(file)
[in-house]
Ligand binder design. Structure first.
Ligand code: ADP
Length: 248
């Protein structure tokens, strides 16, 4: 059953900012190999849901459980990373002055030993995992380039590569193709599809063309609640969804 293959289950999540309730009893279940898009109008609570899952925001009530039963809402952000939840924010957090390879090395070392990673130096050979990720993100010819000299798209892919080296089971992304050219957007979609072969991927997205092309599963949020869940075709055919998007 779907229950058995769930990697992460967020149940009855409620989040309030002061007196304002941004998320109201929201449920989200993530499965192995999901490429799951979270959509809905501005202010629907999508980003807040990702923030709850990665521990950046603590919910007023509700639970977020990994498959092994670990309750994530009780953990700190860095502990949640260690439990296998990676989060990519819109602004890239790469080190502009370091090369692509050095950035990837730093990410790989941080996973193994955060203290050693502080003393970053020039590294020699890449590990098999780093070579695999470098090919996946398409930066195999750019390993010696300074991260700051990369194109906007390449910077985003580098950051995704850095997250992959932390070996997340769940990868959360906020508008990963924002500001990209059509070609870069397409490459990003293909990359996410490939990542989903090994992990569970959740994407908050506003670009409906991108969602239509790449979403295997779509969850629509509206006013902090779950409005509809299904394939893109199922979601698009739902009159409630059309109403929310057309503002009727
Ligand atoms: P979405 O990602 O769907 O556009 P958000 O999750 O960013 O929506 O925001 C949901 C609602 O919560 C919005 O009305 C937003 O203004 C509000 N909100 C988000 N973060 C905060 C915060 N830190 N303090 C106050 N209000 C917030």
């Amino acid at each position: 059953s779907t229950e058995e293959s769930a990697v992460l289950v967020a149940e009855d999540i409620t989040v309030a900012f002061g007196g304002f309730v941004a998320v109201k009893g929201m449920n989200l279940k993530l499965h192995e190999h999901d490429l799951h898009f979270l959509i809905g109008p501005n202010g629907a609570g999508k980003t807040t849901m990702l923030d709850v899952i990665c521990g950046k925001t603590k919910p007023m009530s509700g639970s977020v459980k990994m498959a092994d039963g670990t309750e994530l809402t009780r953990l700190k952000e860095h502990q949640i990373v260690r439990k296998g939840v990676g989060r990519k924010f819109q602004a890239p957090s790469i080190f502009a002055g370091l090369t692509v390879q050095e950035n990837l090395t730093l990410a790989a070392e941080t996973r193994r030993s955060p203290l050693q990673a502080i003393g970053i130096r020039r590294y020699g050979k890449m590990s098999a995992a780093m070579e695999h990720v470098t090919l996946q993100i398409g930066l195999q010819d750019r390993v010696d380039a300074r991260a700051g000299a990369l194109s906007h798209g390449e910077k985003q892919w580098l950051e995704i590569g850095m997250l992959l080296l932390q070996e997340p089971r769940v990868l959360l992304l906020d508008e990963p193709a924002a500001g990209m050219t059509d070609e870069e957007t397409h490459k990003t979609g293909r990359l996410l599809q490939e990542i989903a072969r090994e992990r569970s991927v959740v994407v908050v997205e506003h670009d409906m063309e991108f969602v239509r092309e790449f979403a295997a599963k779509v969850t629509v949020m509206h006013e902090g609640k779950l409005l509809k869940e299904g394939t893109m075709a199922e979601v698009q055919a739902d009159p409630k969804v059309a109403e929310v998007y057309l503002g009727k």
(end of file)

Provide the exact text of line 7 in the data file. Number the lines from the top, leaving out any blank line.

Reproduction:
């Amino acid at each position: 059953s779907t229950e058995e293959s769930a990697v992460l289950v967020a149940e009855d999540i409620t989040v309030a900012f002061g007196g304002f309730v941004a998320v109201k009893g929201m449920n989200l279940k993530l499965h192995e190999h999901d490429l799951h898009f979270l959509i809905g109008p501005n202010g629907a609570g999508k980003t807040t849901m990702l923030d709850v899952i990665c521990g950046k925001t603590k919910p007023m009530s509700g639970s977020v459980k990994m498959a092994d039963g670990t309750e994530l809402t009780r953990l700190k952000e860095h502990q949640i990373v260690r439990k296998g939840v990676g989060r990519k924010f819109q602004a890239p957090s790469i080190f502009a002055g370091l090369t692509v390879q050095e950035n990837l090395t730093l990410a790989a070392e941080t996973r193994r030993s955060p203290l050693q990673a502080i003393g970053i130096r020039r590294y020699g050979k890449m590990s098999a995992a780093m070579e695999h990720v470098t090919l996946q993100i398409g930066l195999q010819d750019r390993v010696d380039a300074r991260a700051g000299a990369l194109s906007h798209g390449e910077k985003q892919w580098l950051e995704i590569g850095m997250l992959l080296l932390q070996e997340p089971r769940v990868l959360l992304l906020d508008e990963p193709a924002a500001g990209m050219t059509d070609e870069e957007t397409h490459k990003t979609g293909r990359l996410l599809q490939e990542i989903a072969r090994e992990r569970s991927v959740v994407v908050v997205e506003h670009d409906m063309e991108f969602v239509r092309e790449f979403a295997a599963k779509v969850t629509v949020m509206h006013e902090g609640k779950l409005l509809k869940e299904g394939t893109m075709a199922e979601v698009q055919a739902d009159p409630k969804v059309a109403e929310v998007y057309l503002g009727k």